SPRINGFIELD, IL -- Thousands of protesters greeted Wisconsin Governor Scott Walker in Springfield, Illinois Tuesday, April 17th. It was a campaign stop for Wisconsin's governor, and Walker said he went to Illinois to draw the contrast between his budget reforms and the opposite direction Illinois took in handling their budget.
Union protesters were on hand Tuesday as Walker spoke to the Illinois Chamber of Commerce. Over 4,000 protesters flooded the street outside the President Abraham Lincoln Hotel in downtown Springfield. The protesters said they were incensed that the Illinois Chamber of Commerce invited Wisconsin's lightning-rod Governor Scott Walker to speak. "It's a slap in the face to us," Aaron Kelsey said. "We're not going to let Mr. Walker come to Illinois and share the ideas that are really hurting everybody," Liam McDonnell said.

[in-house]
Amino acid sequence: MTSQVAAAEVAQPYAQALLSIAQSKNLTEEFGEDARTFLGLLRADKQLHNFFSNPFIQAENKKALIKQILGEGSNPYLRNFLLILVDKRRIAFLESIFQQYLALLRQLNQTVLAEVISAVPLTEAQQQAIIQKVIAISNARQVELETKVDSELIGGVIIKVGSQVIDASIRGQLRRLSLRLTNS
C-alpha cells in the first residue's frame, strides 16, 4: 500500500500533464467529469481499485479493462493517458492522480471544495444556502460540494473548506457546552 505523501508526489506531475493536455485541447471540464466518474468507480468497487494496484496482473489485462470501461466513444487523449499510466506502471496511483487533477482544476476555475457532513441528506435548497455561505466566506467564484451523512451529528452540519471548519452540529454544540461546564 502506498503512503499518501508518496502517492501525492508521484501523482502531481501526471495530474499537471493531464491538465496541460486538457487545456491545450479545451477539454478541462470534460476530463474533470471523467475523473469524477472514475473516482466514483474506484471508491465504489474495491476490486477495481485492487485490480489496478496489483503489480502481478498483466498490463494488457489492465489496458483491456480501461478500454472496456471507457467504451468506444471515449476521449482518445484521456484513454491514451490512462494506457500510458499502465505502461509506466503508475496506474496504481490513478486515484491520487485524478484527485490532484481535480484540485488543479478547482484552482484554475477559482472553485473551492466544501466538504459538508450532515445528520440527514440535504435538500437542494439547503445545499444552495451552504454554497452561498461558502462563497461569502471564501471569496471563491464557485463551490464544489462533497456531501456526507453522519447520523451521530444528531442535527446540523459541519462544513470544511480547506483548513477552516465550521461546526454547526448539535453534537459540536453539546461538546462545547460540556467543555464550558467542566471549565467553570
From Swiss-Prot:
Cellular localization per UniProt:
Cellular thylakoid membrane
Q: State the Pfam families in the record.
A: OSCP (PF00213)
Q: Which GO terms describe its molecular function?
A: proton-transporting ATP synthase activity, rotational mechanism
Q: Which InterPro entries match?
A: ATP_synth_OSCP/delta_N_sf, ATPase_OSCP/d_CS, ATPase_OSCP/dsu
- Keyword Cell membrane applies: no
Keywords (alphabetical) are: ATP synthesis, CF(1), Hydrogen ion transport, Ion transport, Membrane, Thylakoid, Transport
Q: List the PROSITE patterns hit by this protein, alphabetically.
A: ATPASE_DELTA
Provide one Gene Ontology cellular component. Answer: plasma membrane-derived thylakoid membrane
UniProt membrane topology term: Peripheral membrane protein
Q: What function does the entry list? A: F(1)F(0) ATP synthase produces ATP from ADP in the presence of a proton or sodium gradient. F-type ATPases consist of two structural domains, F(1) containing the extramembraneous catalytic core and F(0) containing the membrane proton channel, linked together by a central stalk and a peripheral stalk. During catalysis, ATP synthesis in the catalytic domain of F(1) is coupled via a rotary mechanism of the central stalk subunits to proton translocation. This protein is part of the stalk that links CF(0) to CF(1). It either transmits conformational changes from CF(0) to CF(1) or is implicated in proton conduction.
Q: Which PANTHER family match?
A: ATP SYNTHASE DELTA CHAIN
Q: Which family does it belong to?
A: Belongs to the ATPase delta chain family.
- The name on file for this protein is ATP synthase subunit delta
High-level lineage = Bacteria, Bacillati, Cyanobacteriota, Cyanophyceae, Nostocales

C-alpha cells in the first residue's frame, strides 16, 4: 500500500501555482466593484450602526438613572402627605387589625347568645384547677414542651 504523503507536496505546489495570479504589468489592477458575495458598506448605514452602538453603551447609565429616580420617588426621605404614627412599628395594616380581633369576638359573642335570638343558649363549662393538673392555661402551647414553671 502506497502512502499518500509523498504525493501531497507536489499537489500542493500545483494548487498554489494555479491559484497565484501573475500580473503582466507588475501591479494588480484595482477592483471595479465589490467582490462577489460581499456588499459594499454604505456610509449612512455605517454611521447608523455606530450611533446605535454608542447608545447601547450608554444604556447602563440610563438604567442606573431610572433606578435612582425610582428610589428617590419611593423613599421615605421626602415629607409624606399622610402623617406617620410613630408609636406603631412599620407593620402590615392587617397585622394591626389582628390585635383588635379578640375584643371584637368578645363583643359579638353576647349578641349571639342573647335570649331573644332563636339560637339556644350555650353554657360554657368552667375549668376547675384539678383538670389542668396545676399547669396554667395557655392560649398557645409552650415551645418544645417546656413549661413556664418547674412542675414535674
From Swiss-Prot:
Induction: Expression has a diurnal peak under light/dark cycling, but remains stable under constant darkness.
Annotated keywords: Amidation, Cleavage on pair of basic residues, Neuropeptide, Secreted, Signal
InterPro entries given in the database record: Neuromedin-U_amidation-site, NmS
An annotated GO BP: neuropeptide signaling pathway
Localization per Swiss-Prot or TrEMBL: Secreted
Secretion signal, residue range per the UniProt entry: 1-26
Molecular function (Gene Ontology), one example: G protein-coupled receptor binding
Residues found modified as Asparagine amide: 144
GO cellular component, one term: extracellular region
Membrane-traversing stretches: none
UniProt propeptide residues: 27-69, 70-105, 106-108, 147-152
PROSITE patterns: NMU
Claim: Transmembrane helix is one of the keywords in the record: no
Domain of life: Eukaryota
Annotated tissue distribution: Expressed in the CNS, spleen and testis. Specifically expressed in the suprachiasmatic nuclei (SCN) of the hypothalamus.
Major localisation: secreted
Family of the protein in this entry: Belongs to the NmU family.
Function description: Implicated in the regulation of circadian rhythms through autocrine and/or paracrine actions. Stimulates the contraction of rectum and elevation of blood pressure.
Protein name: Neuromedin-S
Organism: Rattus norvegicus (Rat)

Walker has encouraged Illinois businesses to "escape to Wisconsin," to get away from Illinois politicians who raise taxes. "Why would you invite someone who is trying to take your economy? Why would you take jobs from Illinois, when you're so devastated anyway?" Diana Schott said.
Inside the hotel Tuesday morning, a friendlier crowd gave Walker a standing ovation. Walker gave a 30 minute speech to business and legislative leaders. "Not just the people outside, but the people who directed them to come outside - a handful of big government union bosses, not just in my state, but particularly in Washington, think I'm standing in the way of their power and their money," Walker said.
Walker explained his approach to budget reform, which includes cutting taxes, spending and regulations. "We did more than just tax cuts. We put into place a new system," Walker said. That system, Walker said, is more business-friendly than the one in place in Illinois. "It's not the government that creates jobs. It's people that create jobs," Walker said.
"He only cares about the CEOs, and that's not what makes the world go around, I'm sorry," Schott said.
Walker had another out-of-state campaign appearance Tuesday in Michigan. He said all the trips were paid for by his campaign, not his official office.